‘Gangster Squad’: Shooting blanks

January 8, 2013

You get the feeling that Ruben Fleischer would have been happy to make an homage to the gangster movies of the 1940s (filtered through both a 1970s and a 21st-century perspective) when he was making “Gangster Squad.”

That’s not the same thing, unfortunately, as making a derivative and slight piece of entertainment, which is what the bloody, only occasionally exciting “Gangster Squad” turns out to be.

Calling it “derivative” implies someone else having done this kind of thing before – and done it better. Well, gee, where to start? If you were to call this a West Coast version of “The Untouchables,” you wouldn’t be far off the mark, right down to a machine-gun fight on a large public staircase.

Oh wait, that’s right: Brian De Palma was quoting yet another film, Eisenstein’s “Battleship Potemkin” with his shoot-out in Chicago’s Union Station. I won’t accuse Fleischer of mimicking De Palma, because it seems obvious. Young filmmakers have been sampling “Scarface” on a regular basis for almost 30 years.

“Gangster Squad” patches together clichés of the gangster movie that were old when I was young, secure in the belief that a youth audience either doesn’t realize that it’s all been done before – or doesn’t care. From Jimmy Cagney to Sean Penn’s Mickey Cohen in this film, it’s always been the same: the megalomaniacal crime boss with money to burn to corrupt the power structure of his city, battling a small group of cops who refuse to be bought.

Supposedly based on a true story, the film is set in 1949 Los Angeles, where Brooklyn-born gangster Mickey Cohen has not just set up shop but bought most of the police and city hall. He runs drugs and prostitutes with impunity, as a homicide detective named John O’Mara (Josh Brolin) learns when he interrupts the workings of a sex-slave operation that Cohen runs.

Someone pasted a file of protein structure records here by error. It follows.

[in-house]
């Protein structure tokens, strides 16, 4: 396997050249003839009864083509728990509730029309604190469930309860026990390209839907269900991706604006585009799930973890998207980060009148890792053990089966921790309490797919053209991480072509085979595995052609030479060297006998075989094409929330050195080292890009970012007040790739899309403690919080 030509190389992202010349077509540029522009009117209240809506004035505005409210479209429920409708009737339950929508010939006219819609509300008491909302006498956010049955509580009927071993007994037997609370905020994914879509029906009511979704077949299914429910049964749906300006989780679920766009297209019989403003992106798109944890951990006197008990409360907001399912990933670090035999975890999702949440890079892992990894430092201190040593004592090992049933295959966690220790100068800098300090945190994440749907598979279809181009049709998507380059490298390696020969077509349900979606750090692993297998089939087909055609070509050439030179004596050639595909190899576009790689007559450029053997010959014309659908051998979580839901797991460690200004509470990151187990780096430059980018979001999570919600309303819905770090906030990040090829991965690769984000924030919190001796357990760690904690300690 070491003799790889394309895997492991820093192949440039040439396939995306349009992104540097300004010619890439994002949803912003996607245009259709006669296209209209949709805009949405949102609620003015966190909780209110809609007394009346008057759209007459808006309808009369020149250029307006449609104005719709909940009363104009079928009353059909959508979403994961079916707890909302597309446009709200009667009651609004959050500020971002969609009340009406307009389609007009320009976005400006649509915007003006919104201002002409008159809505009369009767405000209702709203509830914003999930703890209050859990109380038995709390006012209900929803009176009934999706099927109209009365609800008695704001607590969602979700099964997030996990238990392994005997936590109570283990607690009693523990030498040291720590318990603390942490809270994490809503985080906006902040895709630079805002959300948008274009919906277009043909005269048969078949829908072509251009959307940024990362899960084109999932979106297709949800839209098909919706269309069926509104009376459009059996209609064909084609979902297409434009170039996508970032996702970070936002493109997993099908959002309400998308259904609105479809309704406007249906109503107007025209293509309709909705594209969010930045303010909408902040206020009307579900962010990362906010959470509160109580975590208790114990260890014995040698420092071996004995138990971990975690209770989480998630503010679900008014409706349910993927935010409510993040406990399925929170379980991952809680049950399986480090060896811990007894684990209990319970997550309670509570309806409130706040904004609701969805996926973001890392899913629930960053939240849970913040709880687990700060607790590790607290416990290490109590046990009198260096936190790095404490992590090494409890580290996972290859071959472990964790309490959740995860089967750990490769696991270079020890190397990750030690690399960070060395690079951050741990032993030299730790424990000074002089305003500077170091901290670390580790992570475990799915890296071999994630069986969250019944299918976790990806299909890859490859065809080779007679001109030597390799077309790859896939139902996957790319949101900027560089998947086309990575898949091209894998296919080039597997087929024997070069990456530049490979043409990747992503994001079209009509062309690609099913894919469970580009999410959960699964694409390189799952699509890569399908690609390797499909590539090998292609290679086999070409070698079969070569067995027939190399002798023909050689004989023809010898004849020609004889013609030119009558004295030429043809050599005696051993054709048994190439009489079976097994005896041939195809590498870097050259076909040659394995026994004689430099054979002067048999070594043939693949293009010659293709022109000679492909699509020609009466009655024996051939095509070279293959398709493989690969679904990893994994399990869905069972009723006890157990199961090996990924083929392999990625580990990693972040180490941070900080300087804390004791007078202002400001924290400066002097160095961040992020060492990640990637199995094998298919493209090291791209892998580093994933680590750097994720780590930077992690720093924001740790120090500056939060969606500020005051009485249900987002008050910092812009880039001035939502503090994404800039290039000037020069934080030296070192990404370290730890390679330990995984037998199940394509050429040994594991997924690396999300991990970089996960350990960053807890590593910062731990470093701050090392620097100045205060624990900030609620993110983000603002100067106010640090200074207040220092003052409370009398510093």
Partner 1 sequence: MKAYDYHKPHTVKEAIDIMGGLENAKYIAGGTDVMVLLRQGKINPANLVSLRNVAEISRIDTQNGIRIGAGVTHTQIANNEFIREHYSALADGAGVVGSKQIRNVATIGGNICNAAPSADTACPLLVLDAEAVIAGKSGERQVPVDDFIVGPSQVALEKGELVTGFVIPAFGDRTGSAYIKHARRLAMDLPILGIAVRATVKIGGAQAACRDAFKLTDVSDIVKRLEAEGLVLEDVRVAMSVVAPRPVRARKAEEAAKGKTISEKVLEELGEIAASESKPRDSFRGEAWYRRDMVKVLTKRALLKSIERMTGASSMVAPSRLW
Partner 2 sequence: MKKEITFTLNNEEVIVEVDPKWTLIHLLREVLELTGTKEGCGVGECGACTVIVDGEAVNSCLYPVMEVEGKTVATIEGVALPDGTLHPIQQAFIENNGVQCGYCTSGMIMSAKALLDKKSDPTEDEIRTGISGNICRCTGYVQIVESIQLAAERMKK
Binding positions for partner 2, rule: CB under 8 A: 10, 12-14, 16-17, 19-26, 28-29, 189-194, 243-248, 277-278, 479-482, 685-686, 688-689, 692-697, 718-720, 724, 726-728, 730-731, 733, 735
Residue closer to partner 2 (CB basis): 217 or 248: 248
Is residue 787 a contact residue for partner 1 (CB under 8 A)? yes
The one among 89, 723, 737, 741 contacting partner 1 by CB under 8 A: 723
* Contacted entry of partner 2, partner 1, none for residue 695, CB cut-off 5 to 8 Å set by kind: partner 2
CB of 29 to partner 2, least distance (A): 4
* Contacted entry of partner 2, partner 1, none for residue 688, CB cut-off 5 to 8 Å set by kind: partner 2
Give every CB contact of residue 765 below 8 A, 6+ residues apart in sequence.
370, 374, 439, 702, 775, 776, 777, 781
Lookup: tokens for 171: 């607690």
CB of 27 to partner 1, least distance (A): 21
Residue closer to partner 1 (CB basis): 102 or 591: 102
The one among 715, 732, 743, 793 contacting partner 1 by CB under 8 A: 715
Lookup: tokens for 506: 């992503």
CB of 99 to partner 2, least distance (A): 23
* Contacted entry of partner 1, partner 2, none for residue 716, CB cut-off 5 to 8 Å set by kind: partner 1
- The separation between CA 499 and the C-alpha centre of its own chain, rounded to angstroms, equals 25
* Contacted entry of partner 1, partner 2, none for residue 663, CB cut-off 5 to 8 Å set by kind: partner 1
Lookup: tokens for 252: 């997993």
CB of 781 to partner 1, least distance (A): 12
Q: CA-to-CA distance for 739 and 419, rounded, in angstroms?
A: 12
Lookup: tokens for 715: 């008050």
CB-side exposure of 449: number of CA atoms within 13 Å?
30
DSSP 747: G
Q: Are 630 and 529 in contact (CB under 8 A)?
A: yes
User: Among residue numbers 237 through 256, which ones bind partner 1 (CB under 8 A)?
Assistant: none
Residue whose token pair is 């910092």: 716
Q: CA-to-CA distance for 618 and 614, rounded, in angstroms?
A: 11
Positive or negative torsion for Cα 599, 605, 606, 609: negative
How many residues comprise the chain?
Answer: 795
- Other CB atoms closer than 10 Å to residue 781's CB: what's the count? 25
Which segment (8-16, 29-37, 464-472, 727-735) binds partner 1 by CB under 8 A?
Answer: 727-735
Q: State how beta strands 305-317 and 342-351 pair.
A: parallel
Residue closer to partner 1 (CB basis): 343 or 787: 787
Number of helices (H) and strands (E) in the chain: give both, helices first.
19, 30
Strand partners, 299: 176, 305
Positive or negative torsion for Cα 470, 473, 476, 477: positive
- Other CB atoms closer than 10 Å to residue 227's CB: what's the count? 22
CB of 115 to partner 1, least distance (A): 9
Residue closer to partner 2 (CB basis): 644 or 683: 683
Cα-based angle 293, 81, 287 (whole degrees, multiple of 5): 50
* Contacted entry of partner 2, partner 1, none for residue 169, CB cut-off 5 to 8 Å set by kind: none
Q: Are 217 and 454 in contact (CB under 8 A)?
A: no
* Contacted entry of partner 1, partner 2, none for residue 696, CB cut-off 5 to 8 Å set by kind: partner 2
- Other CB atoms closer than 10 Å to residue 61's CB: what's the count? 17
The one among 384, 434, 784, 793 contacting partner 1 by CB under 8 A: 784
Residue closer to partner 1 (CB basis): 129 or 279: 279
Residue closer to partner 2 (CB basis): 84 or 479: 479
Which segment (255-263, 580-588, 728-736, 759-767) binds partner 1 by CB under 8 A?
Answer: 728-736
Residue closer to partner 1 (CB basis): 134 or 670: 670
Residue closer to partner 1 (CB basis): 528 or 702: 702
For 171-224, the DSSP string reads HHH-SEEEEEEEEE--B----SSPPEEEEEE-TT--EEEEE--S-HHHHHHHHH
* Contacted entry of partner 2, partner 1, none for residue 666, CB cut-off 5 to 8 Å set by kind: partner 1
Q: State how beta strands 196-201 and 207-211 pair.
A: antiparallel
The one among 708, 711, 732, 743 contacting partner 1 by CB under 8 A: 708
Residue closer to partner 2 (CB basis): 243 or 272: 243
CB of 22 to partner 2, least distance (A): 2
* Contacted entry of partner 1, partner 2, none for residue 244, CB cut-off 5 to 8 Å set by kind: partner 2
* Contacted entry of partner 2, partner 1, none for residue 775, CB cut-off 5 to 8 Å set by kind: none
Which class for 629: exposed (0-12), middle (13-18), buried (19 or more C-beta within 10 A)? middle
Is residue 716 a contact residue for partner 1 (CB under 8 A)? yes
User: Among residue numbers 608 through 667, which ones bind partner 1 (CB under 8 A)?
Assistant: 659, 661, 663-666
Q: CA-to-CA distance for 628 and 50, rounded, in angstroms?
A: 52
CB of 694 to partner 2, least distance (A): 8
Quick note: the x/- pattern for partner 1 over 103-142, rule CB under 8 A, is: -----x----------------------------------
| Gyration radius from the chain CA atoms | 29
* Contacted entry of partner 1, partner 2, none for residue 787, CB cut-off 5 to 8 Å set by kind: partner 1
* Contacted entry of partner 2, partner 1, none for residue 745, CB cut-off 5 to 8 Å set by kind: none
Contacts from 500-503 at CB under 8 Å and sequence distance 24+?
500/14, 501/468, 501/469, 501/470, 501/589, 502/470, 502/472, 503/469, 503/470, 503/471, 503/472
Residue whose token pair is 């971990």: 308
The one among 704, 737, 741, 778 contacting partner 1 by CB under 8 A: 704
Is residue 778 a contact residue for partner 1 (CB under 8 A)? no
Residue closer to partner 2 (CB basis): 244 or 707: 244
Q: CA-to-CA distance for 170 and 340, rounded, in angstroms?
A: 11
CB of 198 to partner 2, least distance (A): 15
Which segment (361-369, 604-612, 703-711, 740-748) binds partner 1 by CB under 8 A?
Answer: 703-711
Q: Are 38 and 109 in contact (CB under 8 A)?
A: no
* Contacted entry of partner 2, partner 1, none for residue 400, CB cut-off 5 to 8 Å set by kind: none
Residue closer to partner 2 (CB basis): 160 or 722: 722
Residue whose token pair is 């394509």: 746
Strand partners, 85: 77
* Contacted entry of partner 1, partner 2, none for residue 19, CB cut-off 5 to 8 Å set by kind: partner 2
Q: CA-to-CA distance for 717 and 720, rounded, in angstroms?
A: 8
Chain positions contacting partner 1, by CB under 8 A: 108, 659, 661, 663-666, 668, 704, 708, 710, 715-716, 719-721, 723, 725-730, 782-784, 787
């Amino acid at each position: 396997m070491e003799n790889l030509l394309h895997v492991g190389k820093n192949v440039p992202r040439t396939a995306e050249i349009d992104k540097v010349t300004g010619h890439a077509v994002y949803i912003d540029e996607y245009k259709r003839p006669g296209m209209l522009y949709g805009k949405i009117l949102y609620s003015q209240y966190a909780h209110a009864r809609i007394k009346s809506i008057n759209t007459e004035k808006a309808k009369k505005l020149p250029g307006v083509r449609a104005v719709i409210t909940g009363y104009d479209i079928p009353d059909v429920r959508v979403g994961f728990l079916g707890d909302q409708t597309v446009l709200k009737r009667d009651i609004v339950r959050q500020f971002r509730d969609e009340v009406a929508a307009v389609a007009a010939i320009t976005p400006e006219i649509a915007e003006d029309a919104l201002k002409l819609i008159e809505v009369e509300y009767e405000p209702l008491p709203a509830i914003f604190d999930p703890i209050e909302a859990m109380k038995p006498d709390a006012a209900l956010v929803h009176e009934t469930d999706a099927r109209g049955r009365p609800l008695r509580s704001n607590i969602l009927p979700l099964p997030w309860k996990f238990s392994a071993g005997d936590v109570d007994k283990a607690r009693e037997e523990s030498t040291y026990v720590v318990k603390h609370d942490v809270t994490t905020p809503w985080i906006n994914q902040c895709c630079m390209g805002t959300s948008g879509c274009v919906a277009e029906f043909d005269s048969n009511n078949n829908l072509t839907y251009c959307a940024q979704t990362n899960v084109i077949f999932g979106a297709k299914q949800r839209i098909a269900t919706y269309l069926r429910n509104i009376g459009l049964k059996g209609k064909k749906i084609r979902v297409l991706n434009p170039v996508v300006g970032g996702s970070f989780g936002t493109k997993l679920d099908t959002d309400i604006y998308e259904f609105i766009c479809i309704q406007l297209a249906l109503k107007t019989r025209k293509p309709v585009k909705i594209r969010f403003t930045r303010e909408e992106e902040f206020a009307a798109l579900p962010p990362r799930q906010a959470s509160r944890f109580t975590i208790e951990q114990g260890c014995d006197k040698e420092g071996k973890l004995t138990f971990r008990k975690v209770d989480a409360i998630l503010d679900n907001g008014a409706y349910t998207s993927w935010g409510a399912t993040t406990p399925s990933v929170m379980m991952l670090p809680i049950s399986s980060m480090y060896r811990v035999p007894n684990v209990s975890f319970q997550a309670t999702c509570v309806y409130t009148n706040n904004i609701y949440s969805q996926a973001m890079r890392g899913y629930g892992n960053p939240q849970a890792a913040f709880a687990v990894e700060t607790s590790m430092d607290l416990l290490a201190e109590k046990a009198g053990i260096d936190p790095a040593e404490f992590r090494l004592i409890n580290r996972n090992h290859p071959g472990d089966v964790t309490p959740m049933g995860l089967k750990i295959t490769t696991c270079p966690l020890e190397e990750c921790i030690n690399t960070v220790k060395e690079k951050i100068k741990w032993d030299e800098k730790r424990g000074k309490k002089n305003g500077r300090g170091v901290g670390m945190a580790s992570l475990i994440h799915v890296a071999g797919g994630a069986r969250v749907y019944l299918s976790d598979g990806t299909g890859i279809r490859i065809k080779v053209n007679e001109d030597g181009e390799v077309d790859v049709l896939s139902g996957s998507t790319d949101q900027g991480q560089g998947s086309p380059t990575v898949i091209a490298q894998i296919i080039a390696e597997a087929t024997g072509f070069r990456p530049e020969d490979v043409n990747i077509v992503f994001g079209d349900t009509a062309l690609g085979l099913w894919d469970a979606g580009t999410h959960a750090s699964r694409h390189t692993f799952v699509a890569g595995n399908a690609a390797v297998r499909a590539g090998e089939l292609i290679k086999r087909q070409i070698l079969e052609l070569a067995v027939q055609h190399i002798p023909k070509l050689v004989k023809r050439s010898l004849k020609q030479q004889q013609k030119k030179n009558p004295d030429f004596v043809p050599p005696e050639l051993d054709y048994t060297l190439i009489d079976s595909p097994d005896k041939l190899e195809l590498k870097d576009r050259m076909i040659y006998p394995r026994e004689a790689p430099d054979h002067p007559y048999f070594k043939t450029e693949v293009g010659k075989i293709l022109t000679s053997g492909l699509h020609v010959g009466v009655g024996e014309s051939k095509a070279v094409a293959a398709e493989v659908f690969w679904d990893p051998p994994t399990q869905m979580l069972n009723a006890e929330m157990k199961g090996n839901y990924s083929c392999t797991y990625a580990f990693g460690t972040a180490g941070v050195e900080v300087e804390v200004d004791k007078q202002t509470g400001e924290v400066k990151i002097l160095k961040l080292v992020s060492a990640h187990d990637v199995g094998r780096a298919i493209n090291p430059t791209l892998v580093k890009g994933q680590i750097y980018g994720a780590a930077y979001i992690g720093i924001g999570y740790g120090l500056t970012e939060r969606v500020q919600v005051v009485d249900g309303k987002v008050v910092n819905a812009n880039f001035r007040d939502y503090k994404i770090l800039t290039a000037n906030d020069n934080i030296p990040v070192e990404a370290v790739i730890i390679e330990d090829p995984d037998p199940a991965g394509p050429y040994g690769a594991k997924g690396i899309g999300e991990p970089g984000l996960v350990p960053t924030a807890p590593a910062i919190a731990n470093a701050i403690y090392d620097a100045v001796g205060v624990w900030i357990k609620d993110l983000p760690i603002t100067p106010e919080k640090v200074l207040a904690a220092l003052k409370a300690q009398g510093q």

His refusal to take Cohen’s money brings him to the attention of the police chief, William Parker (Nick Nolte), an honest cop whose hands are tied when it comes to Cohen. So he enlists O’Mara and a small squad of O’Mara’s choosing to end Cohen’s reign, using violence instead of badges.

In other words, he empowers them as vigilantes, sent to clean up the dirty frontier town that L.A. is in danger of becoming. But writer Will Beall seems to take all his plot twists from a computer program for expectable moments; they aren’t twists but straight-aways, with dots the audience will easily connect in their head, long before Fleischer gets there himself.

The tit-for-tat nature of the relationship between the cops and Cohen is a roadmap that’s been followed before, to much greater effect. This film might as well have been made in the 1940s, as telegraphed as each plot point is.

Brolin has a stern righteous quality that works for his character and Penn plays Cohen as a crafty slob, trying to learn to be a snob. Ryan Gosling plays the go-along-to-get-along cop who loses his me-first attitude to join O’Mara’s gang. But Gosling’s laidback jive-talker isn’t written smartly enough to be funny or tragic. Neither is Emma Stone, as the Cohen moll who falls for the bad-boy side of Gosling.

The rest of the squad is a predictable if capably acted blend of types: the old-timer (Robert Patrick) who’s can’t-miss with a six-shooter; his young Hispanic sidekick (Michael Pena); the black cop (Anthony Mackie) who is, well, a black cop; and the tech-nerd with a conscience (Giovanni Ribisi). But weak writing serves no one – and even seasoned character actors like these can’t make music of such flat writing.

As for the action, well, it’s heavily armed – and rarely exciting. This is the movie, after all, whose opening was pushed back a few months because it had to have a movie-theater shoot-out scene edited out, in the wake of the Aurora, Colo., “Dark Knight Rises” multiplex massacre. This movie still has lots of bang – but that gets tiresome a lot faster than the filmmakers apparently think.

You need to be brutish to deal with brutes: That often is the bottom line when it comes to dealing with gangsters or war criminals or whoever. That’s not the same as assuming that the world is full of brutes and acting accordingly. I don’t object to the story “Gangster Squad” is telling. I object to how lamely it is told.

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